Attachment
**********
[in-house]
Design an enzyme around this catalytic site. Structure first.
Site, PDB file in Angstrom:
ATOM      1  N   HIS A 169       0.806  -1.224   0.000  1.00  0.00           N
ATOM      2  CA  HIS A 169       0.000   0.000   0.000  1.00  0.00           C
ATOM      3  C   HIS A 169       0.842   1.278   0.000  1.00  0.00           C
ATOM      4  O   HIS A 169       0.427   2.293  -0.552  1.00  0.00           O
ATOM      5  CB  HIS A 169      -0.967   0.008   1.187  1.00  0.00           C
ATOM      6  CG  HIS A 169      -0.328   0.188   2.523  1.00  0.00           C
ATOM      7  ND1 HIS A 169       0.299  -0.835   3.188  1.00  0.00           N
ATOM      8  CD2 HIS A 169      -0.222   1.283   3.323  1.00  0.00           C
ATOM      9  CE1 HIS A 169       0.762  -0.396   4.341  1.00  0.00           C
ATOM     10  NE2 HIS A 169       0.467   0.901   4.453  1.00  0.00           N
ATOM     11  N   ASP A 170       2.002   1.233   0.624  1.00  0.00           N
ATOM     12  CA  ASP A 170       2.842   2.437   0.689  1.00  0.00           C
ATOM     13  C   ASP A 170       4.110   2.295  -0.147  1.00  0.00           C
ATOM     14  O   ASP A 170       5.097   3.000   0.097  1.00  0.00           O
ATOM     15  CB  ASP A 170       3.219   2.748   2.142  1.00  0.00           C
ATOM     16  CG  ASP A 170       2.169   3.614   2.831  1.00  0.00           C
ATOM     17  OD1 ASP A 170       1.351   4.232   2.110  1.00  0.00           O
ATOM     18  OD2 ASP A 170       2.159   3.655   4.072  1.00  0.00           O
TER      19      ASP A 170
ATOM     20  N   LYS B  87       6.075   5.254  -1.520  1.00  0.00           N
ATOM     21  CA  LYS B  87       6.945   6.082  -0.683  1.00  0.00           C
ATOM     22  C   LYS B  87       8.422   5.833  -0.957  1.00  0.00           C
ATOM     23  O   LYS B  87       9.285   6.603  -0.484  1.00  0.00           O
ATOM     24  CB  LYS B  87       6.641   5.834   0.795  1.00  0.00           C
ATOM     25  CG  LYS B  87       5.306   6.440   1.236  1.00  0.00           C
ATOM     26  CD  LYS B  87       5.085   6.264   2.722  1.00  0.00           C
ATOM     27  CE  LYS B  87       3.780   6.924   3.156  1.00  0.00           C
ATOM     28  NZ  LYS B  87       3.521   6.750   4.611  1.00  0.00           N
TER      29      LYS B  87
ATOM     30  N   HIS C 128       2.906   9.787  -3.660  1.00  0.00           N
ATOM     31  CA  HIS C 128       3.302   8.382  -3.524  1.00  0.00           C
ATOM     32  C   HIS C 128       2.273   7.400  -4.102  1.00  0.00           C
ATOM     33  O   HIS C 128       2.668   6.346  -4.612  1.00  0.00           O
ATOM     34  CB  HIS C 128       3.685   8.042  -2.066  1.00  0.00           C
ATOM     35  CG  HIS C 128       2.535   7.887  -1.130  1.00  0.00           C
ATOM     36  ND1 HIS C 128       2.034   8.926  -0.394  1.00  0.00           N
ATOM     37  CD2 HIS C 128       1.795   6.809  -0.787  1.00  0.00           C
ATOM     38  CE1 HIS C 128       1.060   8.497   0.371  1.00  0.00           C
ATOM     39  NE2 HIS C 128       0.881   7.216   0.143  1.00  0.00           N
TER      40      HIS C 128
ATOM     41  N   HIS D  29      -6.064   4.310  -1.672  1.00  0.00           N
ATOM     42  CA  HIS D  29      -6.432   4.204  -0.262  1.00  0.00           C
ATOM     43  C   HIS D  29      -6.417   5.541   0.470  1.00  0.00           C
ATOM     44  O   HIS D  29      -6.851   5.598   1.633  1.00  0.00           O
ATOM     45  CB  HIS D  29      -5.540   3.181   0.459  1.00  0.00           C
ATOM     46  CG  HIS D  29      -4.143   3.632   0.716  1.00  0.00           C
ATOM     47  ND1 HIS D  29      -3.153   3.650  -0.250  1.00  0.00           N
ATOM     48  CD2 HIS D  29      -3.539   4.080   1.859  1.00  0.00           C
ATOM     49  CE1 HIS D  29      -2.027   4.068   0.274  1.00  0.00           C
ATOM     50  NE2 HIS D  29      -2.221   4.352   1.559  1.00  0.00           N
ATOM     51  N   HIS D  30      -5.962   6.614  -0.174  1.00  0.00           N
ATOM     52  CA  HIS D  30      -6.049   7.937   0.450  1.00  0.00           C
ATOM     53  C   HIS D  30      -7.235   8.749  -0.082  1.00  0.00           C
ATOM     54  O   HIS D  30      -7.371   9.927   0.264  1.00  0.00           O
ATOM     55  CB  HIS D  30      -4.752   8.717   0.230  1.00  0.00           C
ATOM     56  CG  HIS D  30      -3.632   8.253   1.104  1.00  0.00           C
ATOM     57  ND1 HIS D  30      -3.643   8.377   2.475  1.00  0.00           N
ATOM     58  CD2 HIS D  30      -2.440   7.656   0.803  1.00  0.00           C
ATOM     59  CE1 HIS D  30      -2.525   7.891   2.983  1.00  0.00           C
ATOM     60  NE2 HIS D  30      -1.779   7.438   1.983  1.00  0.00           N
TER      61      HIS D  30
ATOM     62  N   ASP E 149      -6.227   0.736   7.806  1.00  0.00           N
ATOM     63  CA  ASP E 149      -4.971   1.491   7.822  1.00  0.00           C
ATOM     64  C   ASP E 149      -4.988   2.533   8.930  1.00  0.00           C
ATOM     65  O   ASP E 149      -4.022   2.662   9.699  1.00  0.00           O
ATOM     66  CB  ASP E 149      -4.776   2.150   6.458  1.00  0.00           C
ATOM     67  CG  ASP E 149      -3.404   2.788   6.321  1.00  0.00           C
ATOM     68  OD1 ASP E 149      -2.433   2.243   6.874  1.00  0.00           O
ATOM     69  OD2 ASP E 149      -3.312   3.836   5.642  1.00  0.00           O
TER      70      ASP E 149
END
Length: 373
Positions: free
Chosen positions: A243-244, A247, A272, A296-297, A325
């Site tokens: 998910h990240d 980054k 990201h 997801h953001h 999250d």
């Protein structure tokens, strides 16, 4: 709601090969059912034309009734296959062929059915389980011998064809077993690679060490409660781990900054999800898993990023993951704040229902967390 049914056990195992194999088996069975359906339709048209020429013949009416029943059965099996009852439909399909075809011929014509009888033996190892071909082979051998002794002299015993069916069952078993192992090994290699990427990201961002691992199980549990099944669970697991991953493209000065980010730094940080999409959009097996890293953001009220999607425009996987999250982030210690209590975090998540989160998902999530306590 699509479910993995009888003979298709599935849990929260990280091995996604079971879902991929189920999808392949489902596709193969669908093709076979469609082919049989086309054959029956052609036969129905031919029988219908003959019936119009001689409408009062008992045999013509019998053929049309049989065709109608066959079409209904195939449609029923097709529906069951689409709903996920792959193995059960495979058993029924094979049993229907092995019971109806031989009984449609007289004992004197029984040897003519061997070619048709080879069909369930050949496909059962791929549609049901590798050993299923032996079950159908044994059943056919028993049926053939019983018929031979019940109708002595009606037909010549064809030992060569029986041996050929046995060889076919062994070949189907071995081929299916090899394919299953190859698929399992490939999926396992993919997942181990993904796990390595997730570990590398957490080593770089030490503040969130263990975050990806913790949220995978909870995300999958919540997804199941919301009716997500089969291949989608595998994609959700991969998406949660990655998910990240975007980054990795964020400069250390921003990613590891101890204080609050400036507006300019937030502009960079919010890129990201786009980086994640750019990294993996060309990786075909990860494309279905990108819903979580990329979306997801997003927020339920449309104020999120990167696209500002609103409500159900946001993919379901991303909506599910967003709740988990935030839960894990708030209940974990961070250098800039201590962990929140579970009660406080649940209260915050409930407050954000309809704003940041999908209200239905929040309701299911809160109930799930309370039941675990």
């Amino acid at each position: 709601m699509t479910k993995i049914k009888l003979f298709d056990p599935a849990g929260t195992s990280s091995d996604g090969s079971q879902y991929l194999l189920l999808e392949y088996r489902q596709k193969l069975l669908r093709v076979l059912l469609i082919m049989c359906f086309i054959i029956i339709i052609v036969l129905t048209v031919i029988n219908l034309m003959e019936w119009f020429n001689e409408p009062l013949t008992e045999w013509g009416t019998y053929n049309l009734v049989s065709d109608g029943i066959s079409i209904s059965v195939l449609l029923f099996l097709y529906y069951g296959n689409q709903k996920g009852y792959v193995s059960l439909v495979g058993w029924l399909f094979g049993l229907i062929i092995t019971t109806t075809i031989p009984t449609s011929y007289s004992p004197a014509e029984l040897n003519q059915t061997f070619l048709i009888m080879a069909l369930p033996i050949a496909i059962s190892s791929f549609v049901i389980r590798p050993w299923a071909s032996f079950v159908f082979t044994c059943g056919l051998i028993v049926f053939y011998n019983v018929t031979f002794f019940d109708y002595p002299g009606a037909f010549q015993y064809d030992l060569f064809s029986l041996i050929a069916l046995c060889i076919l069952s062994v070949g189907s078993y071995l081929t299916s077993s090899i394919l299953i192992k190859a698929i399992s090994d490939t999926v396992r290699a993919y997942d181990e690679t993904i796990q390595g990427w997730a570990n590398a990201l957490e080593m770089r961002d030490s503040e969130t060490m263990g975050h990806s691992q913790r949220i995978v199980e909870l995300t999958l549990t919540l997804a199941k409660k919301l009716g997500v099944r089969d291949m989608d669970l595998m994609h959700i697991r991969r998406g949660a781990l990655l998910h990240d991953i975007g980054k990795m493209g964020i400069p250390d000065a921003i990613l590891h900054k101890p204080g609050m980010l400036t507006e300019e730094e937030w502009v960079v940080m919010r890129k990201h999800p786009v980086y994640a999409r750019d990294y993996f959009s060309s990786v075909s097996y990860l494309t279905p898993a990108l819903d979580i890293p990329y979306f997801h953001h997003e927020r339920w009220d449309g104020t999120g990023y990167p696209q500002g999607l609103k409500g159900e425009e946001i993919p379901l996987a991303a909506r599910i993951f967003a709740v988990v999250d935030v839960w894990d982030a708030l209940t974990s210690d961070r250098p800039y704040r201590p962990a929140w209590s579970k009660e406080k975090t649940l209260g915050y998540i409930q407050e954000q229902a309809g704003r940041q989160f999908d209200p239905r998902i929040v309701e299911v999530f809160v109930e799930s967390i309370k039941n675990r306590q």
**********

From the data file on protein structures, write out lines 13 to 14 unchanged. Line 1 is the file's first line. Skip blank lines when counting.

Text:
ATOM     10  NE2 HIS A 169       0.467   0.901   4.453  1.00  0.00           N
ATOM     11  N   ASP A 170       2.002   1.233   0.624  1.00  0.00           N